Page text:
Not good. Raises the specter of May having weakened after some April numbers were looking a bit better:

Empire State Mfg Survey
What little momentum there was in the New York manufacturing sector is fizzling, based on the Empire State index which came in much weaker-than-expected, at minus 9.02 in the May report to end two lonely looking gains in April and March.

New orders are at minus 5.54, also ending two prior months of gains and rejoining a long run of negative readings going back all last year. Inventories, at minus 7.29, are extending their equally long dismal run of contraction as manufacturers, seeing soft demand ahead, work down their stocks. Employment, at plus 2.08, is up for a second month but just barely while shipments turned lower, to minus 1.94. Selling prices are down, the workweek is down, and delivery times are shortening — all signs of weakness.

This together with the Philly Fed, which are the two most closely watched regional reports, have been showing bursts of life the last few months, in what perhaps are early indications of strength tied to dollar depreciation and lower oil prices. But this report is definitely not among this group and will raise talk of another flat year for manufacturing. The Philly Fed, to be posted Thursday, looks to be a major highlight of the week.

Lower than expected and still seems like the depressed housing industry has most recently been decelerating, as per the chart:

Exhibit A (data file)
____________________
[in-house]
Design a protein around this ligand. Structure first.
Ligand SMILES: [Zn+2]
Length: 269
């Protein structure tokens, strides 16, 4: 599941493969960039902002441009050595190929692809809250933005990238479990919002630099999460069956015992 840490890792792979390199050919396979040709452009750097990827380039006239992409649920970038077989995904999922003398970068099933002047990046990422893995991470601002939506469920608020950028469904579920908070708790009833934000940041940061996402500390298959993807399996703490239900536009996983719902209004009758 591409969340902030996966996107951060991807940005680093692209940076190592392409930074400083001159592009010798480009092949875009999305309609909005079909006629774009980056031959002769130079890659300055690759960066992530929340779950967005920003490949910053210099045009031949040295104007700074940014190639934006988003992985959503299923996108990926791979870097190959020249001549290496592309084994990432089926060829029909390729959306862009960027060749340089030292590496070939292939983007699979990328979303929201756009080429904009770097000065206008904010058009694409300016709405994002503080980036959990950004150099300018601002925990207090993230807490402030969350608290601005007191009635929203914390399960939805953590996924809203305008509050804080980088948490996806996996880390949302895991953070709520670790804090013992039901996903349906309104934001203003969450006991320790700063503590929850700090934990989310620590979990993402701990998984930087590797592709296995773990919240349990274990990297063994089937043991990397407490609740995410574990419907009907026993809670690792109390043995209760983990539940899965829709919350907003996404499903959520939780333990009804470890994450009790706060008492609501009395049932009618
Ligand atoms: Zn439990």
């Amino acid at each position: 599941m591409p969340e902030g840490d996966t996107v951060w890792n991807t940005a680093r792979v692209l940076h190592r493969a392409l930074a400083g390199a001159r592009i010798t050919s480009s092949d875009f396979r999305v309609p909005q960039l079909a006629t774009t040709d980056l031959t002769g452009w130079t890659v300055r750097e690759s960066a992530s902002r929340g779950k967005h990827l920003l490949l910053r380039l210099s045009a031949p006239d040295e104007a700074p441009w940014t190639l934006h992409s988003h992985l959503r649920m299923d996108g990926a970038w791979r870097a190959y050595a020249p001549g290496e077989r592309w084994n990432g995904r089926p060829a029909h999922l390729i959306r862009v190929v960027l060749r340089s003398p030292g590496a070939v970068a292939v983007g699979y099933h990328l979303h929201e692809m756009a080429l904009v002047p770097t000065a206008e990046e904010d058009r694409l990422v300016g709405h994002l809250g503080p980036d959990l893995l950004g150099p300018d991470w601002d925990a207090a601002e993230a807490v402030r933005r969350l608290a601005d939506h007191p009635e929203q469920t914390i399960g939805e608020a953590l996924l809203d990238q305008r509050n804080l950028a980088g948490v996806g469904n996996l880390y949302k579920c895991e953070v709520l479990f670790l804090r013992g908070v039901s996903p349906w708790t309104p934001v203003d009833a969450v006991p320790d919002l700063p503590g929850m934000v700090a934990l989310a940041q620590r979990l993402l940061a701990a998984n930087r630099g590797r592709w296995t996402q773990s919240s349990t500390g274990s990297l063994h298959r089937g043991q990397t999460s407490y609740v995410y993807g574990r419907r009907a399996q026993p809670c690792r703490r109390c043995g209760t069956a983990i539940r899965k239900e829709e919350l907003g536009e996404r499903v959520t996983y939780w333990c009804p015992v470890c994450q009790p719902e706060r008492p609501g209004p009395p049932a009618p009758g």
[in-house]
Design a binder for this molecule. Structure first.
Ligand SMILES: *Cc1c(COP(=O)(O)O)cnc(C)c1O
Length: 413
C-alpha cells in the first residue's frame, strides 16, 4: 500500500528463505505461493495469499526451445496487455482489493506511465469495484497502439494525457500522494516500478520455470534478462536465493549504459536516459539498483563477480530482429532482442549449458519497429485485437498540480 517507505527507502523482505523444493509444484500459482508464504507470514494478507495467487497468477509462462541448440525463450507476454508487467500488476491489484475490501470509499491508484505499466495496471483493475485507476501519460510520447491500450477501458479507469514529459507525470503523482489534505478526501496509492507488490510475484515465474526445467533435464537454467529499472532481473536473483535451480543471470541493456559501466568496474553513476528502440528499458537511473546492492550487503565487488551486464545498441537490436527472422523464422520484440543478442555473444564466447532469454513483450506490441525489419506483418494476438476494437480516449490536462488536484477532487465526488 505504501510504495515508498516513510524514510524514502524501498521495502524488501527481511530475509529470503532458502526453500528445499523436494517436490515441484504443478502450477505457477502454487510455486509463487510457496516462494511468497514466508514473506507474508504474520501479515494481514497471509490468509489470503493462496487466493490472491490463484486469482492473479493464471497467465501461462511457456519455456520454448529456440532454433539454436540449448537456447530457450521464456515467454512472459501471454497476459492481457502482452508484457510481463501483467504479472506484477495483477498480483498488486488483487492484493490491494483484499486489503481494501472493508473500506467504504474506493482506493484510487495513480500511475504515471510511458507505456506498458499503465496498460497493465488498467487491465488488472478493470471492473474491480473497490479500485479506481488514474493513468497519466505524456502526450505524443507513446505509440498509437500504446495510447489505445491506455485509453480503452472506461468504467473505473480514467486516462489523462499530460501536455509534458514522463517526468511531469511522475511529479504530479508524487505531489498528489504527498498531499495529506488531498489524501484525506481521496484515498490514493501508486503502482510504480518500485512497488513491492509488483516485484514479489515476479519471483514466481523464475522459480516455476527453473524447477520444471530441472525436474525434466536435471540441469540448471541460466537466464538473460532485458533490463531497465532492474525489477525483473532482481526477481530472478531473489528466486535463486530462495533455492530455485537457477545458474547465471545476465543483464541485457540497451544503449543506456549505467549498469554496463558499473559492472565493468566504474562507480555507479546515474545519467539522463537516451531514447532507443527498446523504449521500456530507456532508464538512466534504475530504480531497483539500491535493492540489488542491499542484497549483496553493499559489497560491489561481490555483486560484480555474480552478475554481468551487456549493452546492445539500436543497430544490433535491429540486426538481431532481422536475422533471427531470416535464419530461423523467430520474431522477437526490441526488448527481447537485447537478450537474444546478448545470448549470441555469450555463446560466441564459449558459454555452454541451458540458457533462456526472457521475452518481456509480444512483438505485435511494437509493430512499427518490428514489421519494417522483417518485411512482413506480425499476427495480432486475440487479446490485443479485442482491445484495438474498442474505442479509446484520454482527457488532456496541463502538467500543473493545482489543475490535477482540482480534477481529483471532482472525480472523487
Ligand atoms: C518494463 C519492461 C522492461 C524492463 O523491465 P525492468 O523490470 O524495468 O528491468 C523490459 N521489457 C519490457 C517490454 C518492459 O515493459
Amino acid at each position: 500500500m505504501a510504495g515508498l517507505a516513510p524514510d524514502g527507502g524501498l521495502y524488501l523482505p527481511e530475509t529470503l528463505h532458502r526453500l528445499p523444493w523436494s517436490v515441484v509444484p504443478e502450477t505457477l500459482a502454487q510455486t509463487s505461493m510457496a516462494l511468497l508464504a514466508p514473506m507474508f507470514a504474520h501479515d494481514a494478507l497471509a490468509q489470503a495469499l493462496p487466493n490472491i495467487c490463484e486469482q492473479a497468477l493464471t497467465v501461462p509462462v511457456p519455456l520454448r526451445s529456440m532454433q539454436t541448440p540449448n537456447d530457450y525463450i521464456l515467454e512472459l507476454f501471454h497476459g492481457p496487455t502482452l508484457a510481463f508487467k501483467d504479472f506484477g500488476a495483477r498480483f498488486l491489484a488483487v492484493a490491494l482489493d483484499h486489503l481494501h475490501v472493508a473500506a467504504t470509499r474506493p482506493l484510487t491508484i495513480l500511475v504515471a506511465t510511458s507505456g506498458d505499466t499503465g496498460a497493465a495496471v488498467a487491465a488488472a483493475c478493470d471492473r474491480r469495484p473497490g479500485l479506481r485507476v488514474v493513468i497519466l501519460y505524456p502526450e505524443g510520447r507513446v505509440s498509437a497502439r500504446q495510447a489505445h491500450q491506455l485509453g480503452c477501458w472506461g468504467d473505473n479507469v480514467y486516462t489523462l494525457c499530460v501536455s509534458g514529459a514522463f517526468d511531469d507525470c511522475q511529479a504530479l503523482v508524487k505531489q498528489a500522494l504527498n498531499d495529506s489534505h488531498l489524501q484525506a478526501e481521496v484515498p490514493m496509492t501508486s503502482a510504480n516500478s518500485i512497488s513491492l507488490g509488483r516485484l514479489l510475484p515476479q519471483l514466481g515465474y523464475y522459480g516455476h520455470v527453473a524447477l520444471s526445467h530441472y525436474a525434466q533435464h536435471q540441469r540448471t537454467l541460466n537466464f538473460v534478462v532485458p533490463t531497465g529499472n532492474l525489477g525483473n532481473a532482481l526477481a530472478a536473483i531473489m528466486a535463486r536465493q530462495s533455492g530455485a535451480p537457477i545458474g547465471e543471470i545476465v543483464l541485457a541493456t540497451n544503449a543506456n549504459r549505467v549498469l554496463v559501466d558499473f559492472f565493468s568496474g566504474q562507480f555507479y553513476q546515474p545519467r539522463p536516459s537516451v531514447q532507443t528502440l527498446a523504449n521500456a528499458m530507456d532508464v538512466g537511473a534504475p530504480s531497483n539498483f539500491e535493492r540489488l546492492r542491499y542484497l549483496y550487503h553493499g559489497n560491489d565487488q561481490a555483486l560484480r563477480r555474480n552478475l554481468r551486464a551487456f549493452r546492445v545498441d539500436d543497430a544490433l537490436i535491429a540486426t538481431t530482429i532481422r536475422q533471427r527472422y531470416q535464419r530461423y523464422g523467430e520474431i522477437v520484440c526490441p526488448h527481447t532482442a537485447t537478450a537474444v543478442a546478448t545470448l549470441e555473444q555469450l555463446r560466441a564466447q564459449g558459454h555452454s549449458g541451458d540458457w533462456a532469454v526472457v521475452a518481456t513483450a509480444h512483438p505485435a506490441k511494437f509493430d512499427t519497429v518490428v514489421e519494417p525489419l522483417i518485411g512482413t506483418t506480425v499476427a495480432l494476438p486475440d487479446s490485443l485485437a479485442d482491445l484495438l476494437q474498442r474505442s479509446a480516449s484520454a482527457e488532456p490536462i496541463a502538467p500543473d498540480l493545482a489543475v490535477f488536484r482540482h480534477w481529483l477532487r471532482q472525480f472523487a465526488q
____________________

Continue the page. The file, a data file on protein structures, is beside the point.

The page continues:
Housing Market Index
Optimism among home builders is solid and steady, at 58 for the May housing market index. This is the fourth straight 58 for this index where anything over 50 is positive. And sales are the most positive component in this report, at 65 for 6-month sales and 63 for present sales. The drag on the index comes from traffic, unchanged at 44 and continuing to reflect unusual lack of interest from first-time buyers.

The West has the highest composite score at 67, befitting the region’s importance for new construction. The South, which is the largest market, is next at 60 with the Midwest right behind at 59. The Northeast, where dense development limits the new home market, trails in the far distance at 36.

The availability of jobs together with low mortgage rates are solid pluses for the new housing outlook. But strength in the housing sector has been less than overwhelming this year and lack of acceleration in this report is part of the story.


Japanese Prime Minister Shinzo Abe said on Monday a majority of Group of Seven leaders agree on the need to deploy fiscal stimulus measures to boost global demand.

Japan will host a G7 finance ministers and central bankers summit on May 20-21, and there are doubts about how much progress policymakers can make in shifting the global economy out of its current spell of slow growth and low inflation.

Earlier this month, Abe traveled to Europe to meet G7 heads in preparation for the meeting in Japan.